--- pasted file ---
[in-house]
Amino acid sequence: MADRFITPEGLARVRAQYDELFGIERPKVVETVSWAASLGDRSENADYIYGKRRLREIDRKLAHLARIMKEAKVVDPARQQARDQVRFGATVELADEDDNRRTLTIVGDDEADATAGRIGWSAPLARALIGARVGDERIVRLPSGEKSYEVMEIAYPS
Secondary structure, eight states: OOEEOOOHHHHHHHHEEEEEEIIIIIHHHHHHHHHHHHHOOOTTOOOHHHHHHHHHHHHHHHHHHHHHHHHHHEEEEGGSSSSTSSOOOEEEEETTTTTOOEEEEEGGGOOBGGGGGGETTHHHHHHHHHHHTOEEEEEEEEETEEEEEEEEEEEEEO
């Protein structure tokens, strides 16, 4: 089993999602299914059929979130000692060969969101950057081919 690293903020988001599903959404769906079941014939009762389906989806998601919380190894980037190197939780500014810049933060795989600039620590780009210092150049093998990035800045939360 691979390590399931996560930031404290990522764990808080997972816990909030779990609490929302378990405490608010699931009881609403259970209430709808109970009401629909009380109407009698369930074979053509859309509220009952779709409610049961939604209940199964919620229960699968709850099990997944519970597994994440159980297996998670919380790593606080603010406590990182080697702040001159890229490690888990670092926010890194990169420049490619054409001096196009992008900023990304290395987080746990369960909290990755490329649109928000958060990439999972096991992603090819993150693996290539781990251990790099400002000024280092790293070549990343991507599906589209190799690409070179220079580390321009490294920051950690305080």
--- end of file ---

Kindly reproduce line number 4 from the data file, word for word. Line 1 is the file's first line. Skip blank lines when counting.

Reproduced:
């Protein structure tokens, strides 16, 4: 089993999602299914059929979130000692060969969101950057081919 690293903020988001599903959404769906079941014939009762389906989806998601919380190894980037190197939780500014810049933060795989600039620590780009210092150049093998990035800045939360 691979390590399931996560930031404290990522764990808080997972816990909030779990609490929302378990405490608010699931009881609403259970209430709808109970009401629909009380109407009698369930074979053509859309509220009952779709409610049961939604209940199964919620229960699968709850099990997944519970597994994440159980297996998670919380790593606080603010406590990182080697702040001159890229490690888990670092926010890194990169420049490619054409001096196009992008900023990304290395987080746990369960909290990755490329649109928000958060990439999972096991992603090819993150693996290539781990251990790099400002000024280092790293070549990343991507599906589209190799690409070179220079580390321009490294920051950690305080």